Andy (Bad) H
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  #23  
Old 09 Jan 17, 21:29
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Quote:
Originally Posted by Mountain Man View Post
Essentially a modified Sherman type with a huge hatch in the side. Must have presented a fine target since it opened directly into the crew compartment.
They did remove the doors fairly quickly. The overall weight of the tank actually dropped when they removed the doors and went with solid sides by 1385 lbs.


Automotive/maintenance wise it's the same as an M3 for the earlier vehicles and then basically an M4 when they stopped using the M3 lower front, all using the R-975 engines (not that there's a huge difference between the M3-M4 just the lower front changing really) Some documents from the period confirm the Ram was capable of using the one piece cast front as well even listing clearance differences if used.

The engine was actually governed higher then in the M3/M4's at least so the Canadians reported. stating a higher top speed in them. 2100 rpm governed in the M3, not sure exactly where the M4 sat but it could do 2400 rpm for short periods I believe.

The Ram manual states "The maximum allowable amount of surge is from 100-150 rpm at 2400 rpm tachometer reading."

While memo's talking about the M4's in use state them having a lower top speed then the Ram due to the engine being governed at a lower rpm.

Armour wise It trumps the early sherman's as well. 76-89 mm frontal hull (lower front same as the M3/M4's) The sides are 76-70 mm or so in construction at least around the crew compartment. The turret had 76 to 63 mm or so sides and rear, the front was a complicated mess but overall protection was quite decent. The front cover was at least 76mm thick with an inner mantlet that covered the inside that was most likely just as thick. Then they had splash shields that covered the entire inner mantlet as well.

One of the "pro's" listed for keeping the Ram instead of switching to the Sherman was it's better protection when they were trying to decide if they should standardize with the US.


As for the 75mm being a reason for a switch it was and was not depending on the date. They went as far as saying they would have to "Sacrifice" the six pounder and go with the 75mm to try and appease the Americans so they could get in production and standardized quicker.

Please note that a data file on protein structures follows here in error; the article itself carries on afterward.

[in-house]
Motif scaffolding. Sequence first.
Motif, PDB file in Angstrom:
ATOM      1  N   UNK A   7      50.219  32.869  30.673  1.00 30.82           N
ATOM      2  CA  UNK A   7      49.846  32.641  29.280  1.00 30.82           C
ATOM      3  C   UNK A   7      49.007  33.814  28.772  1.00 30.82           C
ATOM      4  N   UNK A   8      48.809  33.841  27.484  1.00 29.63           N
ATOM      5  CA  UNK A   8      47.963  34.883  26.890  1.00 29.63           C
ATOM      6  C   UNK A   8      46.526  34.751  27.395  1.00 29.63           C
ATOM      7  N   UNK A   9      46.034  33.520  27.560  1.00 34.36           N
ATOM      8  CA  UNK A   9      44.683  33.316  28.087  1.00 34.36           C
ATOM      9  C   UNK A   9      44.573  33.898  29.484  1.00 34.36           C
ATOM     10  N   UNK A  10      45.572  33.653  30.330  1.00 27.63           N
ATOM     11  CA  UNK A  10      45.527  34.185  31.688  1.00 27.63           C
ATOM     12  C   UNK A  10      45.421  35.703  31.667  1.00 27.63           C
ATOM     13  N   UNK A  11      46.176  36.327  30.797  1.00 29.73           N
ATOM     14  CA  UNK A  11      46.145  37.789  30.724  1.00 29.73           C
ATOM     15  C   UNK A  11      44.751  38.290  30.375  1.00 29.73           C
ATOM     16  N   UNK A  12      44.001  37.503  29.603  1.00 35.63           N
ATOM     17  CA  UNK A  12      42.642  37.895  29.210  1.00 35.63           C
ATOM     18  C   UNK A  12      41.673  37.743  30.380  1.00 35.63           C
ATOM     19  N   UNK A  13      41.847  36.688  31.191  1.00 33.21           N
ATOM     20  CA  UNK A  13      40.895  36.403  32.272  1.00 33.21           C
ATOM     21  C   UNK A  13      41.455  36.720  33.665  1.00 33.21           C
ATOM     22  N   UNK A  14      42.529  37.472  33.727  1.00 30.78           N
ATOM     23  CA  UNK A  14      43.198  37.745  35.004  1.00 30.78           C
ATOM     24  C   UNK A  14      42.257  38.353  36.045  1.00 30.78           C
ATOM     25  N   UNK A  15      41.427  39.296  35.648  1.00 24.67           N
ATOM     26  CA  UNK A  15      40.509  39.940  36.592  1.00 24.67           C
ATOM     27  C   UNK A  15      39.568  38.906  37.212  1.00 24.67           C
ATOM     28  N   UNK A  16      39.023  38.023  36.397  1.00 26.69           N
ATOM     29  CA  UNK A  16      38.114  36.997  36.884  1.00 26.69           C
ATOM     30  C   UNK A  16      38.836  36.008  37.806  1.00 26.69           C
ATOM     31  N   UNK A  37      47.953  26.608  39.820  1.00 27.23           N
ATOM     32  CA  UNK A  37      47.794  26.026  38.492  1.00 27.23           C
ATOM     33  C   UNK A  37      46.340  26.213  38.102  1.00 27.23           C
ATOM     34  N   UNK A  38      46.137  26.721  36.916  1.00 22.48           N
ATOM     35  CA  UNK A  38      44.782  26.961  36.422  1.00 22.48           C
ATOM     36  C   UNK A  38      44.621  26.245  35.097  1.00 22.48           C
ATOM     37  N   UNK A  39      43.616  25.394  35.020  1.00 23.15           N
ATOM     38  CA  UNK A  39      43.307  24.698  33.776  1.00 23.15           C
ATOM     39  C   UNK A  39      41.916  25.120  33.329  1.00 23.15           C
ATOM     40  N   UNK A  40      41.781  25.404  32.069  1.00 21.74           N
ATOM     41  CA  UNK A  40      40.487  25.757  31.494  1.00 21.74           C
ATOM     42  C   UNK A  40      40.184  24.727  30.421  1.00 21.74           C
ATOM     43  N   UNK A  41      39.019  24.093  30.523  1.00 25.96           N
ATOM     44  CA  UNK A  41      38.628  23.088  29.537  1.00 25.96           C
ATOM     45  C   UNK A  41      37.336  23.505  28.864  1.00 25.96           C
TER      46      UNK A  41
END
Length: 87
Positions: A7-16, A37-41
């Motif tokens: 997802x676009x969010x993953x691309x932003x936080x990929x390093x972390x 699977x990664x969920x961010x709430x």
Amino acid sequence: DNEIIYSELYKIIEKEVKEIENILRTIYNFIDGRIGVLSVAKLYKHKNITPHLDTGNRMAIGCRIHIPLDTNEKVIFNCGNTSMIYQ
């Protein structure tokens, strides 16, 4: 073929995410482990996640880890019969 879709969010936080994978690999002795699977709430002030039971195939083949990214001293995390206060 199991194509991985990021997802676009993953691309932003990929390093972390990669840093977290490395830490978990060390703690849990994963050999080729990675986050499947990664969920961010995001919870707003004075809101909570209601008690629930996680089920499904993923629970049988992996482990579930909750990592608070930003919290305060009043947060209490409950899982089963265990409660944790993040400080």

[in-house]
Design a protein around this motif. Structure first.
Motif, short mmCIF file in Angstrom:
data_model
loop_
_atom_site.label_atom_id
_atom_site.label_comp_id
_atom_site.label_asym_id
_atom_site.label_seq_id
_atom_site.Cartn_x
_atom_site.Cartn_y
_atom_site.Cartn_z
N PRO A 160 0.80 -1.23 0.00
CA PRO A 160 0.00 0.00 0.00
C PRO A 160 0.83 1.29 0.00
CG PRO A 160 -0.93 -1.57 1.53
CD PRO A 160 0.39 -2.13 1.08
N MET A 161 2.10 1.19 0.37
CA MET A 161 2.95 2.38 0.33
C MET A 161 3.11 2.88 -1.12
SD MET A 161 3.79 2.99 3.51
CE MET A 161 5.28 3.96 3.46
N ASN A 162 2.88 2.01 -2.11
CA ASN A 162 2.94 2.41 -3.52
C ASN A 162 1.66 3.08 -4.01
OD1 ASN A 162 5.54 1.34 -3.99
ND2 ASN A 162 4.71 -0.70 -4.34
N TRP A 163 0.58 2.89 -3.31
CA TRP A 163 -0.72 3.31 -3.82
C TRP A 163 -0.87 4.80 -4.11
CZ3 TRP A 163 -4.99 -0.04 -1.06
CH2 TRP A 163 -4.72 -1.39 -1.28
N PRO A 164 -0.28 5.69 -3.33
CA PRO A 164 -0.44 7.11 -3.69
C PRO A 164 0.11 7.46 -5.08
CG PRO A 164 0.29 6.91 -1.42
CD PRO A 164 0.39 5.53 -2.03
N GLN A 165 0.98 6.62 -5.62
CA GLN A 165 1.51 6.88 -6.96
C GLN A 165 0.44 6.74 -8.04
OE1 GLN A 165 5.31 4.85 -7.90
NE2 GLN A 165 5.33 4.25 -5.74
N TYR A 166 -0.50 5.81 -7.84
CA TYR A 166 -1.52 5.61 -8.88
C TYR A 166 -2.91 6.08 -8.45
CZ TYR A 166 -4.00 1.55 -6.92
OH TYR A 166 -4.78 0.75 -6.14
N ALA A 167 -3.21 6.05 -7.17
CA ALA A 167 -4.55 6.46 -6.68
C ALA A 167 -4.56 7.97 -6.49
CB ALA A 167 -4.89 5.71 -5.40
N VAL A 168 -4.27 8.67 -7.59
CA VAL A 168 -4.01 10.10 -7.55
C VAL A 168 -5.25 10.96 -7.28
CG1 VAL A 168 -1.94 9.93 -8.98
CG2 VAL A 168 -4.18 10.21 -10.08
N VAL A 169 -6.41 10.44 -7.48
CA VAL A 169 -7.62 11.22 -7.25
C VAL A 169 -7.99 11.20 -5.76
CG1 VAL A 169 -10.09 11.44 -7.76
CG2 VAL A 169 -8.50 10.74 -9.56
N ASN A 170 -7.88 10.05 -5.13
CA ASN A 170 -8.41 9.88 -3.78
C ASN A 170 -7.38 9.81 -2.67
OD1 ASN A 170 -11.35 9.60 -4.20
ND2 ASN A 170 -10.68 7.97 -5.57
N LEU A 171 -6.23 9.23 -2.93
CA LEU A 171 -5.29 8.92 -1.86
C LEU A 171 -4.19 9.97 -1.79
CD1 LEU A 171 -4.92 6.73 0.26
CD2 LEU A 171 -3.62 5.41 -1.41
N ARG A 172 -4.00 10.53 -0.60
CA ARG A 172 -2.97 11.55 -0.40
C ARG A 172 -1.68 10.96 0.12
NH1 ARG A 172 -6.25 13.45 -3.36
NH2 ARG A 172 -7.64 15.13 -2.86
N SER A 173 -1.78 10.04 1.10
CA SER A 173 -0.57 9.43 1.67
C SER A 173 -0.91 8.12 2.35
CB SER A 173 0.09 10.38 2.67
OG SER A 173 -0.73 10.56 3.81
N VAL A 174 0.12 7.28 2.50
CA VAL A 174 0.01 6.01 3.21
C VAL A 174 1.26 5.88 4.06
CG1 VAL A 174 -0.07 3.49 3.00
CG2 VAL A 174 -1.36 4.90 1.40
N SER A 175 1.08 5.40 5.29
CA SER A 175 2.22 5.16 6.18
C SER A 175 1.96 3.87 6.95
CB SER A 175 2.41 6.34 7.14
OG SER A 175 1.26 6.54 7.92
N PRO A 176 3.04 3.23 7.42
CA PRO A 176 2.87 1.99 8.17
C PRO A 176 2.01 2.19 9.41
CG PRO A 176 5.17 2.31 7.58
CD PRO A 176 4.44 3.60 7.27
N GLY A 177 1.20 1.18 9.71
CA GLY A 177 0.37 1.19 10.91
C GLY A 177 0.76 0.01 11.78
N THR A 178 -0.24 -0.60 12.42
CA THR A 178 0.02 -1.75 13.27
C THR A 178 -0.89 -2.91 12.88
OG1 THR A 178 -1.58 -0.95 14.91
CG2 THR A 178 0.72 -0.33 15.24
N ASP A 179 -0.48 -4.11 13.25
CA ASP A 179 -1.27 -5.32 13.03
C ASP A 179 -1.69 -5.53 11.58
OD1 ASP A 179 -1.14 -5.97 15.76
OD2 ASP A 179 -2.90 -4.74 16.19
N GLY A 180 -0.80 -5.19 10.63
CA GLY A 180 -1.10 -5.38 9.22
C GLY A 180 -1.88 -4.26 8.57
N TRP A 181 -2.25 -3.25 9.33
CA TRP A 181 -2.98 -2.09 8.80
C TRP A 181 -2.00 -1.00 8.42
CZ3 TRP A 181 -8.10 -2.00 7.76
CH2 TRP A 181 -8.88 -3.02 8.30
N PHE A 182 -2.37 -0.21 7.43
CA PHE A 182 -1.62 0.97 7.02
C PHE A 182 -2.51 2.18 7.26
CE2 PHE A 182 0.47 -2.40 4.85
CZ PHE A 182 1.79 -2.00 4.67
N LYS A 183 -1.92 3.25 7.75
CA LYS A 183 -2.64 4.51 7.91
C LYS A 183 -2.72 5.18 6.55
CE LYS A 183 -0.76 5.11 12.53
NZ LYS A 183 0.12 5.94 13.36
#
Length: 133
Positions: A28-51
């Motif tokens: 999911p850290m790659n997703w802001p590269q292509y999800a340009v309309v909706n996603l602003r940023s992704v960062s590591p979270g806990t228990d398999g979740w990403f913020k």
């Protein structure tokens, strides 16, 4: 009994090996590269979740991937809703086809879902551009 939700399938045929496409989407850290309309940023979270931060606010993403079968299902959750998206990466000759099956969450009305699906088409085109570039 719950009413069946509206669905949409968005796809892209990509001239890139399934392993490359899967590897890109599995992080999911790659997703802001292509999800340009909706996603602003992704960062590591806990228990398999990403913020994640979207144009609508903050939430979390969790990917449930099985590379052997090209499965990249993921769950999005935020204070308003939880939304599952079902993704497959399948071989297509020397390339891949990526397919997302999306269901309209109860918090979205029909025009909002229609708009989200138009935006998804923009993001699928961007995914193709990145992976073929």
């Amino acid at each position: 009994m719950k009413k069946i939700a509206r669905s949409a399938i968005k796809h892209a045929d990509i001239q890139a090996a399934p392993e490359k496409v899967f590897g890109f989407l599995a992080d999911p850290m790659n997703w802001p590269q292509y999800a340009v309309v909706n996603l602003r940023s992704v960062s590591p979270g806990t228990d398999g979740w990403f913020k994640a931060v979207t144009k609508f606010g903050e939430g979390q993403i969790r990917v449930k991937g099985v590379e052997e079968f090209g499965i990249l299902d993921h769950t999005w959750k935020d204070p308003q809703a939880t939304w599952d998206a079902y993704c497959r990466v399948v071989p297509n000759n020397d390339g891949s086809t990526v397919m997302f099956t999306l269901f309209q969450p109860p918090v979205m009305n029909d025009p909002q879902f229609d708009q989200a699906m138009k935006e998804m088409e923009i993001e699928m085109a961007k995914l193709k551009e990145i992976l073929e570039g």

They actually wanted a version of the Sherman at one point to have the 6 pounder, and it would have basically been the M4 turret with the Ram front to allow the 6 pounder to be mounted.

As for draw backs the largest complaints were in regrades to things like how tiring it was for drivers due to the clutch. They did switch from the Borg-warner to a Lipe clutch like in later sherman's but I have no idea if this corrected said issue.

The machine gun cupola was another sticky spot as they had trouble getting it splashed proof (removed in later vehicles)

Overall vision was another issue and they did correct this mostly by adding in a gunners periscope, a loaders and an extra one for the commander. That said they did want to replace the commanders cupola hatch with an all around vision type and actually experimented with a number but this never seemed to materialize.

Turret traverse was poor as well due to the Logan type and it had problems with creep speed. One solution would have been to switch to something like the Oilgear which the Americans did doing away with the Logan and Westinghouse type eventually but I guess the demand was to high to get any.

In 1943 they had a plan to convert quite a number of Rams to "operational" status, I guess this was at a point they did not know if they would receive enough Shermans. During this period they were going to convert a few hundred to the 6 pdr/75mm conversion. They finished about 40 before they called it off due to no longer needing them.

While it had a smaller turret ring then the M4 it was by no means "Small" and it seems the 75mm may have been intended for it as well as the 6 pdr.

A 60.5 inch ring when you compare it to things like the Churchill with it's 54 inch ring or what they could shove into the T-34-85's and the Pz IV's 63 inch rings.